Gmail Tap, or how even old technology can look like a innovation

I like Google’s April Fools Day jokes. There are many and they are often not so easy too spot.

I like this one especially because it pranks Apple’s presentation videos and how Apple tries to upsell small innovations with limited features as the holy grail of simplicity.

“A dash and a dot, to communicate with the world, what could be easier”

Right, so have a good one and start improving your morse skills right now.

PS: It’s not a complete aprilfools – you can download the Keyboard for your Android here

#satire #aprilfools #google #gmail #android

Reshared post from +Gmail

Tap into the future of productivity with Gmail Tap for Android and iOS. Double your typing speed with this revolutionary new keyboard. #gmailtap

Google+: View post on Google+

2 Responses to “Gmail Tap, or how even old technology can look like a innovation”

  1. Another possibility is using exclusive categories to define qualia-based data. For example, 'history' is the concept of 1-dimension until a separate concept of history emerges. 'Complexity' and 'perfection' are the concept of 2-dimension until either of those paradigms are replaced. Exclusivity, polarity, and analogy are a concept of 3-dimensional correspondence until all three can be considered at a higher level. This isn't calculus, it's something more geometric, something that attempts to anticipate dynamics in a stage of consciousness that precedes its formal definition. In addition to categorical systems, I describe micro-socialism for tax reform and several other concepts at I also recommend Esther Dyson's tech column at where I have made comments on technological development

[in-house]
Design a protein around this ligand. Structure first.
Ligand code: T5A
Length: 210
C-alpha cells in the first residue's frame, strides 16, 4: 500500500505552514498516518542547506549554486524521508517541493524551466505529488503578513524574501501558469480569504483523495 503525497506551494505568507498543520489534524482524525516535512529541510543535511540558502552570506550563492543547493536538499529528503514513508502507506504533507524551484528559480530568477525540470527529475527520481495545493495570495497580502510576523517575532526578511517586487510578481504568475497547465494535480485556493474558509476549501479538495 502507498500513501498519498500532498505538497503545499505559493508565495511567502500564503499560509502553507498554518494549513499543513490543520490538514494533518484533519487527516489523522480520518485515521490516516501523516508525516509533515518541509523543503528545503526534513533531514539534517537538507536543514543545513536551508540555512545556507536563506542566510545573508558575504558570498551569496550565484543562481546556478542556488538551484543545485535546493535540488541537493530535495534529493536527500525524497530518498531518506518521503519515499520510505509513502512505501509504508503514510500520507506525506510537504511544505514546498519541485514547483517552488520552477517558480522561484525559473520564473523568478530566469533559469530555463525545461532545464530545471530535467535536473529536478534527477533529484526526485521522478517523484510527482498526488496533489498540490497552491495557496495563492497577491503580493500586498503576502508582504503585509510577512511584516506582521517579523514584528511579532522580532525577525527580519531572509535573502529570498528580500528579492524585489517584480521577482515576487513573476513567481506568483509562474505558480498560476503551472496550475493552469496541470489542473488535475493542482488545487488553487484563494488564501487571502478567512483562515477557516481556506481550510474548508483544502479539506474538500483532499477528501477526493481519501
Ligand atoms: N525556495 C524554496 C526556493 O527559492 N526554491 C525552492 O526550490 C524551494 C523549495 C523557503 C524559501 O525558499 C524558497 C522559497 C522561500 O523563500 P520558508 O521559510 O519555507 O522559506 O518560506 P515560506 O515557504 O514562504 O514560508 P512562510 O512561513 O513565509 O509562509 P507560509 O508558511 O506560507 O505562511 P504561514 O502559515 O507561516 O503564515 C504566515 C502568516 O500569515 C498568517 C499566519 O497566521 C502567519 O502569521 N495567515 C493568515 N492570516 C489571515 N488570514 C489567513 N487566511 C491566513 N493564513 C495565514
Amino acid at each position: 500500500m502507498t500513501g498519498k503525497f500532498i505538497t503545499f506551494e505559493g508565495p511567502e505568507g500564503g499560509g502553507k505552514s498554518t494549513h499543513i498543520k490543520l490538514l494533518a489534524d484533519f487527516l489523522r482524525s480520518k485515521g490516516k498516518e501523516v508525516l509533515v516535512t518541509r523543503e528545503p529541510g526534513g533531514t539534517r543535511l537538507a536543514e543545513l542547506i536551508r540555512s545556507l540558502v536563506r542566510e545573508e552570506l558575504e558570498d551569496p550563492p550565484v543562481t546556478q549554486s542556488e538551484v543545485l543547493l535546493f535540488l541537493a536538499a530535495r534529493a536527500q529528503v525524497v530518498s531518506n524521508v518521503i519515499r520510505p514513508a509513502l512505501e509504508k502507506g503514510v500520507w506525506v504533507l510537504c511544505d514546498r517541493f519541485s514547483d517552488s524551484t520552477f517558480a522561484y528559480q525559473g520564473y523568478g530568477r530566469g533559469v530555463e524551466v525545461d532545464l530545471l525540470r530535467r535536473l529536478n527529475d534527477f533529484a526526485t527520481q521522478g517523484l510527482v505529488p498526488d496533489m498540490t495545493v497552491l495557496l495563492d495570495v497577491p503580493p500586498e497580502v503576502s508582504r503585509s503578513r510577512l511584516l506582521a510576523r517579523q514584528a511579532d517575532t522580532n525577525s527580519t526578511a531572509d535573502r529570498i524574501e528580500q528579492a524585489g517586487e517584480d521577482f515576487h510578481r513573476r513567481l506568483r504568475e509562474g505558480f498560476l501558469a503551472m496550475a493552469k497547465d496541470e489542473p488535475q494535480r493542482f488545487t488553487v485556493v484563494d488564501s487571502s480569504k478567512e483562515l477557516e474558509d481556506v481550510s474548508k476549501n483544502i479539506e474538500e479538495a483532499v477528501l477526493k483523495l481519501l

2. I want to agree with you, but for the most part it's simply selling something not for what it is, but make it look like it's all there is, the final goal.In reality everyone who follows technology knows that every technology gets more complicated in order to advance. Even cars, an example many people cite, have gotten more complicated – and not just for the mechanics. As for Apple, the latest and greatest Apps like iPhoto and Garage Band are not intuitive at all and Apple has introduced Tooltips, an really ancient and non-elegant solution, to help users "learn" how to use the "oh it's so easy" software.Don't get me wrong, I like that they introduce complexity and features in order to expand the capabilities of mobile devices, I just wished that they would start acknowledge it in their marketing material as well. And I'm not alone – just look at the problems they are facing in Europe and Australia with their LTE iPad.